Revolutionary Resolutions: Stop Fighting Bad Habits

Ooh, guess what! The New Year is officially two months old! Feels like it’s been longer, doesn’t it? Especially with that damn Mercury Retrograde starting off month two with a bang. In the spirit of Retrograde, which is best spent reviewing old projects, I’ve been cleaning out some of my blog topics. I came across one that I had intended to do in January about fighting bad habits—namely that we shouldn’t.

By the way, how are all those New Year’s Resolutions holding up? Have you kept them? Messed up a few times but gotten back on track? Or have you given up entirely as we enter March?

Don’t worry; I’m not here to chastise you for failing or to try to motivate you to try harder.

I’m here to talk about the purpose of bad habits.

Yep! They have a purpose—a purpose that we each assign to them as we develop them. And I have a radical theory that we actually shouldn’t fight bad habits. Rather in order to truly overcome them, we have to understand what their purpose is in our lives. Like nightmares, they have a message to deliver, and they won’t go away until they deliver it.

I first developed this theory during one of the many times that I was trying to stop cutting. I’d had bad luck since I was a teen in forcing myself not to self-harm. Every time I resisted the urge to self-harm, the urge got stronger. Giving in just made it stronger too.

I know, I know, bad cycle…but I didn’t know how to break it! Part of me, I guess, really didn’t want to break it.

Then one day, someone actually praised my self-harm. Rather than admonishing me, “You have to promise me you’ll never do that again. EVER!”, she said that she was glad that I had done what I needed to survive. She thought my self-harm had been a good thing in my younger years because it had helped me cope with some pretty monstrous circumstances. Now that I knew that it wasn’t the best coping mechanism, I could develop new ones that nurtured me rather than harmed me.

When she said that, I felt pride. I realized that part of the reason that I was having such a hard time stopping my cutting was because, deep down, I didn’t see it as a negative thing. I saw it as a friend who had been there for me during my darkest times, preventing me from killing myself in the only way that I could think of. It was the means I used to keep myself together and grounded enough to function in an incredibly toxic world.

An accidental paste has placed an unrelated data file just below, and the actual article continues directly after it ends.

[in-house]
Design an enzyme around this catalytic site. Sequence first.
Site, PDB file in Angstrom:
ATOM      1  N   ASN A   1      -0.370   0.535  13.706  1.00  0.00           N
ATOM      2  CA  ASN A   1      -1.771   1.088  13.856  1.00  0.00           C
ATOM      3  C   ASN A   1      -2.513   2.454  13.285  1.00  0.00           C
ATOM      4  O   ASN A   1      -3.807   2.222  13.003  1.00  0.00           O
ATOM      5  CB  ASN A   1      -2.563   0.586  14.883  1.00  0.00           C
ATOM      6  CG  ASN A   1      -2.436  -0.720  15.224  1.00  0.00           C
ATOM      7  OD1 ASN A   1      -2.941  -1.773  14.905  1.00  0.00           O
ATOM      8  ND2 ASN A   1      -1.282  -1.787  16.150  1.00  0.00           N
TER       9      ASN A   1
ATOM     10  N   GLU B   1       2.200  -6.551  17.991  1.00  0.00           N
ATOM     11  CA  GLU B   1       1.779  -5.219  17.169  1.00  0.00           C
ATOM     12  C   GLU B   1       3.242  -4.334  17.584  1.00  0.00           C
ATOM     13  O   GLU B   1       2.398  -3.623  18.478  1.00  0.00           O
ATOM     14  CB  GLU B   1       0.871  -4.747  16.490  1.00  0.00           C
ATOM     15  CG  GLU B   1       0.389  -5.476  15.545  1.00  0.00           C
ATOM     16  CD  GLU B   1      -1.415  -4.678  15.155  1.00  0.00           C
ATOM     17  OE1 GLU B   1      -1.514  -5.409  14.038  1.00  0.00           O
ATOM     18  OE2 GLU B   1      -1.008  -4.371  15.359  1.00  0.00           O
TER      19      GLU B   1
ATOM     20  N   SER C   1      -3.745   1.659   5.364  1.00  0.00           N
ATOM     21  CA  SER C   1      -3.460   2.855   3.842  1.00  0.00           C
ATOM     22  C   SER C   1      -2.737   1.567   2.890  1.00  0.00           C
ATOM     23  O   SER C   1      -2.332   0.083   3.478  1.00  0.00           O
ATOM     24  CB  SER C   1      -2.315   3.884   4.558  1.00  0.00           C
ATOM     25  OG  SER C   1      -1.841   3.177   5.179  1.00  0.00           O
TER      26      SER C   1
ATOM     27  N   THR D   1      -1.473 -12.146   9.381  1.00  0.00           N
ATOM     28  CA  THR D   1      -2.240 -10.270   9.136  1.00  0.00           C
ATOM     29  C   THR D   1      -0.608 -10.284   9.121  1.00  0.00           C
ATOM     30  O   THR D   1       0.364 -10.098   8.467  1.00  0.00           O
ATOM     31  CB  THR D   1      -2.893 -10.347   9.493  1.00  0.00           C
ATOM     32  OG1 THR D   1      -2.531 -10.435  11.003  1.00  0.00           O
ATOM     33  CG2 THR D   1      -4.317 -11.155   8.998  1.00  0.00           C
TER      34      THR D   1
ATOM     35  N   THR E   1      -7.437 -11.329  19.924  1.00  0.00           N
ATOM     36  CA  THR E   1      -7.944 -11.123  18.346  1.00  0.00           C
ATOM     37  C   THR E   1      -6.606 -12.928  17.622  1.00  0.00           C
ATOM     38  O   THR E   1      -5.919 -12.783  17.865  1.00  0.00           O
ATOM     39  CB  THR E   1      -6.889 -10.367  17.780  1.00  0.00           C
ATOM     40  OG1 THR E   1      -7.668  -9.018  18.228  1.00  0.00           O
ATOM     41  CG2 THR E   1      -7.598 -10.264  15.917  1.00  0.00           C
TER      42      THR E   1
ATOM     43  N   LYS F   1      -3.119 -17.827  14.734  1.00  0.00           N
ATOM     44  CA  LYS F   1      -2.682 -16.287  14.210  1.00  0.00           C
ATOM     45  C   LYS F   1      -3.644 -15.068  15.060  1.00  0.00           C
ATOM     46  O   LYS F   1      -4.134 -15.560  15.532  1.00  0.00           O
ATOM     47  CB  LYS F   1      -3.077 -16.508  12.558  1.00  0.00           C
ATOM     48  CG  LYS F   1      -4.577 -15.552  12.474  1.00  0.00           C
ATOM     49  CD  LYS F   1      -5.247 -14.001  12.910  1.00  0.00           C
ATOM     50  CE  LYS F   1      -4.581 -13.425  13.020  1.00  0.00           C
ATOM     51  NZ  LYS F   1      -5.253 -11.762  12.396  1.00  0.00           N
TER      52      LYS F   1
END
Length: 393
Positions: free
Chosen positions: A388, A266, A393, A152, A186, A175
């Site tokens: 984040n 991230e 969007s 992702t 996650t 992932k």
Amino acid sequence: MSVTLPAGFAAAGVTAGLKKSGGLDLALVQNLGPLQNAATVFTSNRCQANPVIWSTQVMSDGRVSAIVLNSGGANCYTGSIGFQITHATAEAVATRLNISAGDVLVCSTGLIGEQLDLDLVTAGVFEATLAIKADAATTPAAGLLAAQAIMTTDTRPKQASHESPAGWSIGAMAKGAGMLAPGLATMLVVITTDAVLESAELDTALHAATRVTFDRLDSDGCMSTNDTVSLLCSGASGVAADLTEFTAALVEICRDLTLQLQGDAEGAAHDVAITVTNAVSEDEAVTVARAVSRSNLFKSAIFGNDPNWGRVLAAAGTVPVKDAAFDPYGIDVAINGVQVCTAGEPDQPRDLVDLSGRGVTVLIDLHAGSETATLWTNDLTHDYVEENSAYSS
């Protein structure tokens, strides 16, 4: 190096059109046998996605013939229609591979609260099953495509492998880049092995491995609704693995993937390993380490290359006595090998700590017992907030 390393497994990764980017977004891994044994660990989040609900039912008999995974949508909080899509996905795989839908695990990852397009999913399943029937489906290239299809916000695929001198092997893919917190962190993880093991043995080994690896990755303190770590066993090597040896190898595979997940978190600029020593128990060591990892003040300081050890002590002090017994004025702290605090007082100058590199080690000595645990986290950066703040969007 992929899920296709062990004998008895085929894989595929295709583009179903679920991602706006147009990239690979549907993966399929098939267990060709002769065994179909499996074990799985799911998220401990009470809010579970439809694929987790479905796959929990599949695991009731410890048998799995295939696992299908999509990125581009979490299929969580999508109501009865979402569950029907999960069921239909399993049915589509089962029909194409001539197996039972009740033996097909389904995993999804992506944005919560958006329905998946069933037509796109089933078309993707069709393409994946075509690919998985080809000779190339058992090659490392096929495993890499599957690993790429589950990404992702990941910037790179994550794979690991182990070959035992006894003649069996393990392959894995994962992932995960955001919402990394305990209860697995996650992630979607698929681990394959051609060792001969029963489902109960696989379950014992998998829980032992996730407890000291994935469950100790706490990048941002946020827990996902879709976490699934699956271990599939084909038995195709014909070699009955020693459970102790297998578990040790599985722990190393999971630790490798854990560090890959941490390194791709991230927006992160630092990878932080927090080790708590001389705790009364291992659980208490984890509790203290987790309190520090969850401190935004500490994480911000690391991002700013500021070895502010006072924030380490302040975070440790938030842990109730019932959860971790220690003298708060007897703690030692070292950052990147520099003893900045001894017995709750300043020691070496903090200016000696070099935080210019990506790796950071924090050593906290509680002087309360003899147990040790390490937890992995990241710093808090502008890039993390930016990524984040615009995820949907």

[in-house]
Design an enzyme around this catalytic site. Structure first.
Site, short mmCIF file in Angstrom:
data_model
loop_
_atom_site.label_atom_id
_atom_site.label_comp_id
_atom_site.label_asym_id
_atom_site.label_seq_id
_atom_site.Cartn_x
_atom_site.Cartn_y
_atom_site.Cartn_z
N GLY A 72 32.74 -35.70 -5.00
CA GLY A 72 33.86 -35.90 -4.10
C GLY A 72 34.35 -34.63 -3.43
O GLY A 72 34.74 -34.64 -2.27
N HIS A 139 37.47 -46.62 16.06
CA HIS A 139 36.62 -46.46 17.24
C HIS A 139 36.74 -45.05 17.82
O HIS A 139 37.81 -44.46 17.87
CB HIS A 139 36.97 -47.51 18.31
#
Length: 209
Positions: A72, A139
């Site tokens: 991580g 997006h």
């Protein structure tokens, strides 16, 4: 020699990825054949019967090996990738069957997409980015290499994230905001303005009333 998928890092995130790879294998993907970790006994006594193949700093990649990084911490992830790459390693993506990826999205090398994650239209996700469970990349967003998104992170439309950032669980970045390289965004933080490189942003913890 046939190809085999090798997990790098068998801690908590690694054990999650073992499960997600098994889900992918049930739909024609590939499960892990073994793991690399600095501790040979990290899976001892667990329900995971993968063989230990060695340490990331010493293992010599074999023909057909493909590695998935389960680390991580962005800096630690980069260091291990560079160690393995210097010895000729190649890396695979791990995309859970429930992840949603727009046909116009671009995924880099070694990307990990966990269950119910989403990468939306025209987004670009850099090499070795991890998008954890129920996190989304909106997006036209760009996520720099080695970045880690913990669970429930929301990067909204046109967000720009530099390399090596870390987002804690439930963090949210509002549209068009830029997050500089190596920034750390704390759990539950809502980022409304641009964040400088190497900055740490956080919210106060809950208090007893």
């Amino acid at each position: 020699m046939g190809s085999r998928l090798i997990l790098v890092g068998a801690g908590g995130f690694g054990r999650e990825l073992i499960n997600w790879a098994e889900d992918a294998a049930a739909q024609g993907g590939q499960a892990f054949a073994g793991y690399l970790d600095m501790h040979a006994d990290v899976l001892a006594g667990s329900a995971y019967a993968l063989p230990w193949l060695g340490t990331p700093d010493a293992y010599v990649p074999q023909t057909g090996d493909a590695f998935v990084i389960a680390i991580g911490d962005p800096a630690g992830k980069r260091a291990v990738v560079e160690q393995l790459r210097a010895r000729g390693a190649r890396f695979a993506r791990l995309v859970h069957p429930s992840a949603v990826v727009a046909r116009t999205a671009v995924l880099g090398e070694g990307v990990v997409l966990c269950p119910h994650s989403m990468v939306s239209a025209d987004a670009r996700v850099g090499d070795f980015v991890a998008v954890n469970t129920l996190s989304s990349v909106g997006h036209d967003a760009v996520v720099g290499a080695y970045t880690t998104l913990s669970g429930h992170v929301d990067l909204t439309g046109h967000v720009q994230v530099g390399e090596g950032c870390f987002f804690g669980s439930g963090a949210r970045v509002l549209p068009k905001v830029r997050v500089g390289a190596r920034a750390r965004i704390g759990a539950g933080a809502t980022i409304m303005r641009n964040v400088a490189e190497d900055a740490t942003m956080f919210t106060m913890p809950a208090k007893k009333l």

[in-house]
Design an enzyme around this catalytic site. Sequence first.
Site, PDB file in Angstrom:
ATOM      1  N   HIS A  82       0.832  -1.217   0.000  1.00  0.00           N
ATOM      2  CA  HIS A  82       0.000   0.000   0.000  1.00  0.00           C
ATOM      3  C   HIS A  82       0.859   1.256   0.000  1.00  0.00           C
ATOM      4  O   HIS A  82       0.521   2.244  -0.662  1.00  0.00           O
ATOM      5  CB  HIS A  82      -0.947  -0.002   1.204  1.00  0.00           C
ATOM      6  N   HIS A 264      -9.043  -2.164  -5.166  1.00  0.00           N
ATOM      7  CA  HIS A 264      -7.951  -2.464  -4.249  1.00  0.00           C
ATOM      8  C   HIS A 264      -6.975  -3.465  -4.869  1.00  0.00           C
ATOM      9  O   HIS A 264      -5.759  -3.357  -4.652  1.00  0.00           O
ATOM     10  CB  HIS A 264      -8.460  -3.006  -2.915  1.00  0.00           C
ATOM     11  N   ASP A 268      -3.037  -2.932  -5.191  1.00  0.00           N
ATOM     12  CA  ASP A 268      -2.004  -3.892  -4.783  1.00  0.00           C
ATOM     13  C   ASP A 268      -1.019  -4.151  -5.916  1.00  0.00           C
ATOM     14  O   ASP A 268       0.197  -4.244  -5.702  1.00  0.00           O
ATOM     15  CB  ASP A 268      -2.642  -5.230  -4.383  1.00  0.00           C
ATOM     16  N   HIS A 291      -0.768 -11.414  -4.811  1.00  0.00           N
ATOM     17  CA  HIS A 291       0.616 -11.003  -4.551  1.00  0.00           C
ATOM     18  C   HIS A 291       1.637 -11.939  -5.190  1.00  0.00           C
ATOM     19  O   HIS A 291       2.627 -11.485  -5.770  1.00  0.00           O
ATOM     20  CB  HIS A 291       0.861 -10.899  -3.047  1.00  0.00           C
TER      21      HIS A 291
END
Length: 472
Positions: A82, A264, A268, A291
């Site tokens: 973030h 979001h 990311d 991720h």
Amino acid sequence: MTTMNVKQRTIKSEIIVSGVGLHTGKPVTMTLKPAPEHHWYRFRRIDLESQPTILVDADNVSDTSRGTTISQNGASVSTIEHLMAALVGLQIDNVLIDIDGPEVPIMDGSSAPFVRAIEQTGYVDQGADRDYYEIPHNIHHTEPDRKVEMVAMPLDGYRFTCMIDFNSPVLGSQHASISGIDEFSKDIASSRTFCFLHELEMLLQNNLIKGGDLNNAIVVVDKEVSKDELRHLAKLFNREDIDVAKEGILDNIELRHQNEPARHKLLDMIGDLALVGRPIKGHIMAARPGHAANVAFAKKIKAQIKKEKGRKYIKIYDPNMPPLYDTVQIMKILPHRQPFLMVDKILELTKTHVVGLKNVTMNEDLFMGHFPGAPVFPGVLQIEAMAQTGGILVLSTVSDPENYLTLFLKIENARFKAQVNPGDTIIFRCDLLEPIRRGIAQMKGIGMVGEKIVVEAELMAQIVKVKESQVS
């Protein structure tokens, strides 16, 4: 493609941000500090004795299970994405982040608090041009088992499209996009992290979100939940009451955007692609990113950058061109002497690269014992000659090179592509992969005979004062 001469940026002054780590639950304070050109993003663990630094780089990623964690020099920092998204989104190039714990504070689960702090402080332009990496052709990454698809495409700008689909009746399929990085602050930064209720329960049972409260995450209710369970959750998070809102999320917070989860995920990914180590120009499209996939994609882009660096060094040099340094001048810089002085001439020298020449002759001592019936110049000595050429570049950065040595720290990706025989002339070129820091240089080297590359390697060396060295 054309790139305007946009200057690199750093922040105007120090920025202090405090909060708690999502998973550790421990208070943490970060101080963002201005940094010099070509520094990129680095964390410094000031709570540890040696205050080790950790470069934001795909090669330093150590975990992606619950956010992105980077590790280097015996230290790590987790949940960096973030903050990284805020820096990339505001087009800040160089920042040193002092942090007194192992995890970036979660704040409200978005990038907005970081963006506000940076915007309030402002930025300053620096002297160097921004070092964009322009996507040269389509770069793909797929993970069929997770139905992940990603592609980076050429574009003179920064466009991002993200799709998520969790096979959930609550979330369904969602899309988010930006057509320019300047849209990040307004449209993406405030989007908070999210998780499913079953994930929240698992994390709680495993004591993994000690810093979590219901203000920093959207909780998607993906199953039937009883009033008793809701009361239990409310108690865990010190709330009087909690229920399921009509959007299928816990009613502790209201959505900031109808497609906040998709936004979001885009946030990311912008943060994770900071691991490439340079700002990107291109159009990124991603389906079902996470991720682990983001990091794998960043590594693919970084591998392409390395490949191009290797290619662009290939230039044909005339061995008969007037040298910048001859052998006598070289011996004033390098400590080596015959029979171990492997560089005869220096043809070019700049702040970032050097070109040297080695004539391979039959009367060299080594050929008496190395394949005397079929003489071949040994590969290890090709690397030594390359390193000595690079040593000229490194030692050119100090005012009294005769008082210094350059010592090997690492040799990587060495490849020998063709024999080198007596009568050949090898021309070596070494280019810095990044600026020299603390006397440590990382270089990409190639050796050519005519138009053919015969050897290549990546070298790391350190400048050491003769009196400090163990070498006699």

In a way, my bad habit had been my savior.

But I also knew that she was right. It was no longer a coping mechanism that I needed, and it was time to respectfully retire it.

Even if our survival skills have become impediments we would like to let go of because they have ceased to serve us, we can still love ourselves with them. In appreciation of our survival, we can be awed at how our resources brought us through, even when these resources were things like indifference, a wall of rage, a cold heart…We learn to embrace ourselves as humans with faults & problems. ~Beyond Survival by Maureen Brady

Since then, I have taken this approach whenever I need to replace a behavior with something else. Rather than trying to wrestle with the habit and, ultimately, with myself, I have a conversation with the habit. I sit with it in meditation and ask it what it has to teach me. What purpose does it serve? What need does it fulfill? What fears does it assuage? When I understand why I rely on that habit, I can address the needs that underlie it and find other ways of meeting those needs.


Sometimes I even draw a picture of what the habit might look like. I try to represent what it’s trying to do for me and what it is actually doing for me. With the picture above, insecurity makes me want to hold onto other things too tightly, but I end up choking myself instead.

Ultimately, I don’t “quit” my “bad habits.” I make them unnecessary. As I develop new ways of addressing my needs, I don’t need them anymore. They fall out of my life naturally.

That’s not to say there isn’t a struggle, but the struggle becomes informed. I know why I’m struggling, and I can approach the struggle with compassion and self-care. I can befriend myself in my attempts to change rather than alienating myself.

In a world where advertisements are constantly trying to convince us to fight ourselves or erase ourselves in order to be “better,” it’s a revolutionary idea…but then again, isn’t love usually pretty revolutionary?

Perhaps sometimes it’s possible to overcome a habit we don’t like by sheer power of will, but ultimately, I think we damage ourselves when we do because we fail to take into account that our habits are doing something for us…something that our minds and bodies feel they need. Strong-arming our behavior into something else without trying to understand what motivates the behavior creates enmity with ourselves and, ultimately, heightens our chances of relapsing into the same habit or unconsciously replacing it with something equally destructive.

So if you’ve failed at your New Year’s Resolution, I want to congratulate you. This is your opportunity to turn a resolution into a revolution. Radical self-love. Radical self-respect. Radical change. We’re only two months into the year. It’s a perfect time to start a new pattern of resolutions!